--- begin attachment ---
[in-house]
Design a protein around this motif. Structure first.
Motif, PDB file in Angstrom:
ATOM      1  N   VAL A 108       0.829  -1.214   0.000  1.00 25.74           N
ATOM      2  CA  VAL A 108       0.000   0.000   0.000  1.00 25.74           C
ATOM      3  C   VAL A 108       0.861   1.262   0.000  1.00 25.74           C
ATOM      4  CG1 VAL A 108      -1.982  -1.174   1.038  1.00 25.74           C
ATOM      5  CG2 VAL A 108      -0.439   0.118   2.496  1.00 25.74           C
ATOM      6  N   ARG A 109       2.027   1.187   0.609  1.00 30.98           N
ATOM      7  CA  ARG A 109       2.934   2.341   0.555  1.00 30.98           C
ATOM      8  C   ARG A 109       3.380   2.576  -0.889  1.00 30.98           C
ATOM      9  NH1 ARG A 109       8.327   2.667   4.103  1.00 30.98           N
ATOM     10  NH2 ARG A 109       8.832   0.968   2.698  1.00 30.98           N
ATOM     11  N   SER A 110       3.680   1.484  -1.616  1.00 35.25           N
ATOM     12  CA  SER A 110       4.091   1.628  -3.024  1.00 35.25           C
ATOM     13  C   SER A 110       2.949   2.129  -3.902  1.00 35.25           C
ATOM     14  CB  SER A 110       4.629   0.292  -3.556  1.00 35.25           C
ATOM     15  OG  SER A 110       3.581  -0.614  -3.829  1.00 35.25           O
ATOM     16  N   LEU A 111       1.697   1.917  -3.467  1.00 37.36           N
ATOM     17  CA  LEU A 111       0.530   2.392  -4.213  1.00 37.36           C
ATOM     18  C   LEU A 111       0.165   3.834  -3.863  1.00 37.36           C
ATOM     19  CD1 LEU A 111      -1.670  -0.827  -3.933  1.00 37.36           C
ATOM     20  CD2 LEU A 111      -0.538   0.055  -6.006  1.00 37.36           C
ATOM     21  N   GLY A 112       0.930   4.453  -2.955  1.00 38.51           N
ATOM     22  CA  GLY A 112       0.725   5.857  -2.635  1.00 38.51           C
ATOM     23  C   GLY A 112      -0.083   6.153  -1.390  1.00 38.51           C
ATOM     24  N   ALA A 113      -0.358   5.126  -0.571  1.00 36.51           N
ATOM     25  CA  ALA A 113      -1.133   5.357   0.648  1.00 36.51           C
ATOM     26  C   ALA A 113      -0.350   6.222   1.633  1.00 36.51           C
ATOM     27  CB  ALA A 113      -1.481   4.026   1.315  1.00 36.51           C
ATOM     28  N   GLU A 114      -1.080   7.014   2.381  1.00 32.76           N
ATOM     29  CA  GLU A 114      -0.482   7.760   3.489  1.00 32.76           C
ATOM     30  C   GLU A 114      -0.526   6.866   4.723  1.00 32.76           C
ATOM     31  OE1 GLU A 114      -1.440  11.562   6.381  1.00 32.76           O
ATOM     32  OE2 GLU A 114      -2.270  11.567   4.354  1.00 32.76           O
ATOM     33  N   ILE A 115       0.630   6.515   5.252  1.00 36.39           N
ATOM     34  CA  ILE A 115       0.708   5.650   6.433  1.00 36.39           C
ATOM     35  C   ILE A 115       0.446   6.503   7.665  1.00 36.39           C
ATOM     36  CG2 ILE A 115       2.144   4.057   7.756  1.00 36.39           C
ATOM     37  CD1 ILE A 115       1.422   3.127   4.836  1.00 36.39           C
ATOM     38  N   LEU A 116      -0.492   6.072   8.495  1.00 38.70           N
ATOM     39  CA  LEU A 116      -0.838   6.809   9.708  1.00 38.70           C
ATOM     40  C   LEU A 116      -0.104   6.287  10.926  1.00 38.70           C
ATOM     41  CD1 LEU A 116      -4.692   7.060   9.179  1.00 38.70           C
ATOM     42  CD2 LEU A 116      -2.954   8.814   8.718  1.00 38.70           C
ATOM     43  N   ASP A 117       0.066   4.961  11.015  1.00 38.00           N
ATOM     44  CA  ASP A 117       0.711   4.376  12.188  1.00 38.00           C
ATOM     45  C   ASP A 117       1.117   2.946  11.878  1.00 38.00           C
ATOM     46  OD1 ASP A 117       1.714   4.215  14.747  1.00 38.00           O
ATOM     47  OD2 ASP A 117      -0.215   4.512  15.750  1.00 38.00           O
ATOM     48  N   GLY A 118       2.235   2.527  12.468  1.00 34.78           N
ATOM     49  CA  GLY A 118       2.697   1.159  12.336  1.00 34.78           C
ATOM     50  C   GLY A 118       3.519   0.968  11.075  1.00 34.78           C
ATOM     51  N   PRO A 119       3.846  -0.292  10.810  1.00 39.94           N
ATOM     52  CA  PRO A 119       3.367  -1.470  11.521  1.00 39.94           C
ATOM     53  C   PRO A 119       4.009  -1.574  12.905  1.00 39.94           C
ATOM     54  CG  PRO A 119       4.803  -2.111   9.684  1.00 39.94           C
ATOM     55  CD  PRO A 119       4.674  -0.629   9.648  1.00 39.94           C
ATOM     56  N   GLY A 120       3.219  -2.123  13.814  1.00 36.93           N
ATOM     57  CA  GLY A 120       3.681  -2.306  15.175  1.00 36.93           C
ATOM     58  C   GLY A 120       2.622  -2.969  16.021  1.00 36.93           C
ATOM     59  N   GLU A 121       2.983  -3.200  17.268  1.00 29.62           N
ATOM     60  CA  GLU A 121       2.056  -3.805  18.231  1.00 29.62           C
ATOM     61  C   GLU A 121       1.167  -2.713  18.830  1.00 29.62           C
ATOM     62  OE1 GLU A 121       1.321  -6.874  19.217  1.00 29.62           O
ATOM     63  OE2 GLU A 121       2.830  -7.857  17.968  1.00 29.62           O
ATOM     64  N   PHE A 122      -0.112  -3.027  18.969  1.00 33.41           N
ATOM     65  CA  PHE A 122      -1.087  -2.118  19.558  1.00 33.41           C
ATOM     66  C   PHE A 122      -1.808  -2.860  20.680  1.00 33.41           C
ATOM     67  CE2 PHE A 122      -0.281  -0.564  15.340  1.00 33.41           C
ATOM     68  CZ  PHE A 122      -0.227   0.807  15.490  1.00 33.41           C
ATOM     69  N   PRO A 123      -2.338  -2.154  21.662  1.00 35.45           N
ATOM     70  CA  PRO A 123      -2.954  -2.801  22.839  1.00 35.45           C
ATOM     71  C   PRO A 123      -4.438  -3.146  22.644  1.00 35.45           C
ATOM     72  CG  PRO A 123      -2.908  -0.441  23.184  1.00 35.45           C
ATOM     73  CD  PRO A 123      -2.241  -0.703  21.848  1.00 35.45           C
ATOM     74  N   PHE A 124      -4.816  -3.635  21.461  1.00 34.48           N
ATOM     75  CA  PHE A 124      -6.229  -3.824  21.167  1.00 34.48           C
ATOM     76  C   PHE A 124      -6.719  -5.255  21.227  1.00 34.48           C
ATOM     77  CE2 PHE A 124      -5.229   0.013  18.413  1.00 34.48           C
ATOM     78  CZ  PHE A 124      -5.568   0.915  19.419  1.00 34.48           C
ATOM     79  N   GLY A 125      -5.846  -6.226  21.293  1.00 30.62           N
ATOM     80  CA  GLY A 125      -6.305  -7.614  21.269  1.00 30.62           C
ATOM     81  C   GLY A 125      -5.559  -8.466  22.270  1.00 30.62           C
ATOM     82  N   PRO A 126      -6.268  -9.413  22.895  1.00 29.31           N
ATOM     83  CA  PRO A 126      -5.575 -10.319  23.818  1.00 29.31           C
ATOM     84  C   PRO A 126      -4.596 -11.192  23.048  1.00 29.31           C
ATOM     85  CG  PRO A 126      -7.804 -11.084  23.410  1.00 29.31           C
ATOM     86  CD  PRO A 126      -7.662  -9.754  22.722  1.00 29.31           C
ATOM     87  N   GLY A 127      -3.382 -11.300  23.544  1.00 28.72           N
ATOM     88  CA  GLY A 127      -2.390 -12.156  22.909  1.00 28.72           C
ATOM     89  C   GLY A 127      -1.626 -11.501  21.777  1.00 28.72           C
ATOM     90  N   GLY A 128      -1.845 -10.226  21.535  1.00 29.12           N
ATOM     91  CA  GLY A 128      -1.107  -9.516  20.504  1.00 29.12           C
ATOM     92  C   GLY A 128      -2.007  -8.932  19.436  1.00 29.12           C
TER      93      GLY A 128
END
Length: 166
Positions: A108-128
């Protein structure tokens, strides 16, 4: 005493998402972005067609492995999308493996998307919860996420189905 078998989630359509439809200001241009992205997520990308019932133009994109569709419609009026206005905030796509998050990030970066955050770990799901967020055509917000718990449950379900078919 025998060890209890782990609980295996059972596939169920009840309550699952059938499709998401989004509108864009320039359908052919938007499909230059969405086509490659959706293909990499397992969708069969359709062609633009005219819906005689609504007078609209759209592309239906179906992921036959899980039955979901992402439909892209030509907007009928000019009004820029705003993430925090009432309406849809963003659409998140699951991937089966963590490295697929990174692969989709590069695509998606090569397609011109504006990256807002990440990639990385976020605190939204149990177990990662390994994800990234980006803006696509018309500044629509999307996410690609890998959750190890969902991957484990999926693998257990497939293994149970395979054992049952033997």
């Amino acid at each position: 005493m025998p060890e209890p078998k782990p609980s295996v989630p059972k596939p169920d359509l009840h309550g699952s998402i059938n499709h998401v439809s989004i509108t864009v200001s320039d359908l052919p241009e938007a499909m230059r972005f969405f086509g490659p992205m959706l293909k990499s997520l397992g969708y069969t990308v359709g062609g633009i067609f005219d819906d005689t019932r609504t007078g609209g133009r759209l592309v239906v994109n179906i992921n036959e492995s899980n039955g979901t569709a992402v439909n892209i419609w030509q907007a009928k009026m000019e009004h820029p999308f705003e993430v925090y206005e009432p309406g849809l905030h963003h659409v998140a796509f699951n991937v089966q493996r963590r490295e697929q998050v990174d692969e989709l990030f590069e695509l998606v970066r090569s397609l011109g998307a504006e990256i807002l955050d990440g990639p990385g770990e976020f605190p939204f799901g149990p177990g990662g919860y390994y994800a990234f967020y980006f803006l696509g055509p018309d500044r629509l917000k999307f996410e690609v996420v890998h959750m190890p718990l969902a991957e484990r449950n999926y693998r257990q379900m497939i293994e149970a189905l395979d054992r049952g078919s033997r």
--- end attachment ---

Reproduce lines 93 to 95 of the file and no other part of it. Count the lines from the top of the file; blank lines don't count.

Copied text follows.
ATOM     90  N   GLY A 128      -1.845 -10.226  21.535  1.00 29.12           N
ATOM     91  CA  GLY A 128      -1.107  -9.516  20.504  1.00 29.12           C
ATOM     92  C   GLY A 128      -2.007  -8.932  19.436  1.00 29.12           C